The combination of protein and other foods changes everything. When a person consumes protein with a source of fiber (i.e. vegetables and fruit) and/or resistant starch, the combination of compounds diminishes any negative effects of protein. [5,6]

This is precisely why a Paleo Diet is so effective, because it combines lean protein sources with vegetables and fruit. The studies that suggest byproducts of protein fermentation contribute to the development of colon cancer are correlative at best. It doesn’t prove protein causes colon cancer. As with any disease, there are multiple factors involved. Other factors such as smoking, alcohol, and insulin resistance contribute to the risk of colon cancer. [1]

Now let’s consider fiber fermentation. Vegetables and fruit are the main sources of fiber. Fermentation of fibers by healthy bacteria in your gut produce short chain fatty acids (SCFAs). SCFAs have been shown to have anti-microbial effects, protect the gut lining (i.e. prevent leaky gut), and be anti-inflammatory. [7,8,9]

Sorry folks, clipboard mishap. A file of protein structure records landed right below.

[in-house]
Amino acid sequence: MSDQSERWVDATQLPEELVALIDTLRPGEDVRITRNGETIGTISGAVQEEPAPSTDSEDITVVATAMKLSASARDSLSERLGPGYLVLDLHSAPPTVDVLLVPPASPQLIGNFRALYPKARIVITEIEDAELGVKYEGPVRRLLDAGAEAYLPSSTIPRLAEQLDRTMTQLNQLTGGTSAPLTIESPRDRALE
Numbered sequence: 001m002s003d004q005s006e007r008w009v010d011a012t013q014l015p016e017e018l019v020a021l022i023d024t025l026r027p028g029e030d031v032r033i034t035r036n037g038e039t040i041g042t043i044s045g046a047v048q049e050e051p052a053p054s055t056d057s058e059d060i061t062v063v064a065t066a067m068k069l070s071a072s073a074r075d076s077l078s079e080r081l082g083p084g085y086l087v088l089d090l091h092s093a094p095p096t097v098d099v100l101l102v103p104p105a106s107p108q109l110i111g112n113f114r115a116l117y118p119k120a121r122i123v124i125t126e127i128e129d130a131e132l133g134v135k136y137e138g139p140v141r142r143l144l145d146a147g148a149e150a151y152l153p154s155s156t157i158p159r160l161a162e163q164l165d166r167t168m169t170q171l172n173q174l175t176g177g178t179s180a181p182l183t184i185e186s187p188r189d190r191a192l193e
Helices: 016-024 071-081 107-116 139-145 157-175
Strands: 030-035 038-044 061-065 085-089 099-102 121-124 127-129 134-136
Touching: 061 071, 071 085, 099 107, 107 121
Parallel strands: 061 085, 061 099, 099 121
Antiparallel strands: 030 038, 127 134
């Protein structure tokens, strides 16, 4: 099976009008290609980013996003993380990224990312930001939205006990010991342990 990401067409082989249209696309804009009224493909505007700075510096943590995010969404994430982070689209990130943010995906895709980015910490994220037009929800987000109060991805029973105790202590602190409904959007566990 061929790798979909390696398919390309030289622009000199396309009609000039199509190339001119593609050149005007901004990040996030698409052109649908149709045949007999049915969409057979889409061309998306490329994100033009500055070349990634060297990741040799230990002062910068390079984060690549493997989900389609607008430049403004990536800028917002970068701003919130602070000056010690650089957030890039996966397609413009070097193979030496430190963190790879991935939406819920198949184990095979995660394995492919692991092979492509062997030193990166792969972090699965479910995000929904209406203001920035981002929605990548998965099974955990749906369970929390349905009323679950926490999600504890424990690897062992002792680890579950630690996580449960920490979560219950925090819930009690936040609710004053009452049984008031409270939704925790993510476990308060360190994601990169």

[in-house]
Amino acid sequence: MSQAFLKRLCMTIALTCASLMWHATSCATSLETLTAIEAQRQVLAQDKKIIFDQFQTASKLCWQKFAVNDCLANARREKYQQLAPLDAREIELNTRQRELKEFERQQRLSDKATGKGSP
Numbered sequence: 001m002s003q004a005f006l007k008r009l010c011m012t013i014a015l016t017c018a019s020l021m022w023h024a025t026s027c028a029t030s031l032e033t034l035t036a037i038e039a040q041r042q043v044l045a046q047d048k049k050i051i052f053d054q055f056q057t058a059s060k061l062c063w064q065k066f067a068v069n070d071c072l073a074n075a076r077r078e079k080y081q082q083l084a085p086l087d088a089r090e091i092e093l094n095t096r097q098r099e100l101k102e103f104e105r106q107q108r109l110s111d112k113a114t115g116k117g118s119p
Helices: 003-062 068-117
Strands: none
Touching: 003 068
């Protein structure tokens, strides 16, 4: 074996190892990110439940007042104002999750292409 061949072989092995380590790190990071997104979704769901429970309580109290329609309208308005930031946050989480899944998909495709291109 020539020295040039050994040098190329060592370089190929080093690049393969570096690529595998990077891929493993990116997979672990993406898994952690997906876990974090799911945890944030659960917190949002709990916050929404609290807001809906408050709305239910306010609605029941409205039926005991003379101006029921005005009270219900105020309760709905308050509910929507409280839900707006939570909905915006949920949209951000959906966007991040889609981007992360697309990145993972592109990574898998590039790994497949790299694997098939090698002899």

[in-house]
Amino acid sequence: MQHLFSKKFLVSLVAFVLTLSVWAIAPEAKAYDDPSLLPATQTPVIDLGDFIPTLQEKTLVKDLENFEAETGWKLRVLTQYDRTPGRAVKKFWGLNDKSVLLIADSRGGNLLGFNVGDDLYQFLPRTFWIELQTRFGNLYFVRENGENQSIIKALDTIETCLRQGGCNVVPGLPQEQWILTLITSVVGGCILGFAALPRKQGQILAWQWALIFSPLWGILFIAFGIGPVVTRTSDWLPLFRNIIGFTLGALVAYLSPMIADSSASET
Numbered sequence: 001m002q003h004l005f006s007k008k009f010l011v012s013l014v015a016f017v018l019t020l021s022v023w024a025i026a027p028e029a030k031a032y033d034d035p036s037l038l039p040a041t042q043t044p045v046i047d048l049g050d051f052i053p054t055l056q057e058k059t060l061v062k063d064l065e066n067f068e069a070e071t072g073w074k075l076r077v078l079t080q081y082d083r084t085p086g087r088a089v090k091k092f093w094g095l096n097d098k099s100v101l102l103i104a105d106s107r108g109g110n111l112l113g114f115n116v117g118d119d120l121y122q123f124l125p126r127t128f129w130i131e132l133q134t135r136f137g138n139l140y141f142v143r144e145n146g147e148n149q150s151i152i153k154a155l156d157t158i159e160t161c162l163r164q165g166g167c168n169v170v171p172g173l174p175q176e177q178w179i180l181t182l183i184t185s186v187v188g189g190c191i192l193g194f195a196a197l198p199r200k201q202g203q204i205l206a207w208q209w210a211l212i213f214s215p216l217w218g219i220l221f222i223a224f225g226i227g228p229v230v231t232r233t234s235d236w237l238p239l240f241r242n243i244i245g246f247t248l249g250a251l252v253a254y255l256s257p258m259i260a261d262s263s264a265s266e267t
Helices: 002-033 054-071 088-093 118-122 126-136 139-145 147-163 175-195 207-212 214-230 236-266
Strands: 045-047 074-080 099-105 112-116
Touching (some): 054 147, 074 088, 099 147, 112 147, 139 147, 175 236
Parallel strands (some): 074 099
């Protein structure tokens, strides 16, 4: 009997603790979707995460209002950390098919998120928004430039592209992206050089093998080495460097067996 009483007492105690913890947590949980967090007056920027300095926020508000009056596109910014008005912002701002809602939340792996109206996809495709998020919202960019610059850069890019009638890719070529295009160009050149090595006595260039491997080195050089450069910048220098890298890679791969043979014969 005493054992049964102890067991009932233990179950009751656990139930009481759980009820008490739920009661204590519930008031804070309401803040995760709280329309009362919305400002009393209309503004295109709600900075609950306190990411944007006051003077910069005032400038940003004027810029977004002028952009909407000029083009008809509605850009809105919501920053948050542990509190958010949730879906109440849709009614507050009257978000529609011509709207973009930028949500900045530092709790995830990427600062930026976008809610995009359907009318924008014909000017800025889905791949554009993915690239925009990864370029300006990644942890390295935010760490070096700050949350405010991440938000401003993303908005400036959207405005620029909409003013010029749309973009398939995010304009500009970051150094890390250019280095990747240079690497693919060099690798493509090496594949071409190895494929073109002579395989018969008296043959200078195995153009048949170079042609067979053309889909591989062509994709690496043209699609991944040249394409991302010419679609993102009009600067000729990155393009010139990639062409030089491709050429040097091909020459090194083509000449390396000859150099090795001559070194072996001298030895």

Vegans use the benefits of SCFAs to argue in support of their recommendation for a plant-based diet. They tout the benefits of SCFAs from vegetables and fruit yet condemn the consumption of protein. What many fail to realize is that SCFAs can also be produced from protein via the process of deamination of excess amino acids. [10]  

So, protein fermentation can be beneficial. As mentioned earlier, combining protein with vegetables and fruit counteracts the possible detrimental effects of the compounds of protein fermentation. Simultaneously, it increases SCFA levels that protect the gut.

The Flaws of Protein Studies

We must also look at the type of research study performed when assessing the effects of protein fermentation. A study by MacFarlane et al. showed a significant increase in ammonia and volatile fatty acids. [11] However, this study was conducted in vitro, in incubated casein and bovine serum albumin over a 96-hour period. In vitro studies are conducted in a test tube, not in a human being.

The digestive system is a complex and intricate system from mouth to anus, with extensive changes in pH, acids, and enzymes. This in vitro study doesn’t factor in gut transit time. Remember the last time you had red beets? You might have looked into the toilet and thought you had pooped out blood! However, it’s the beets that gave your stool the bloody color.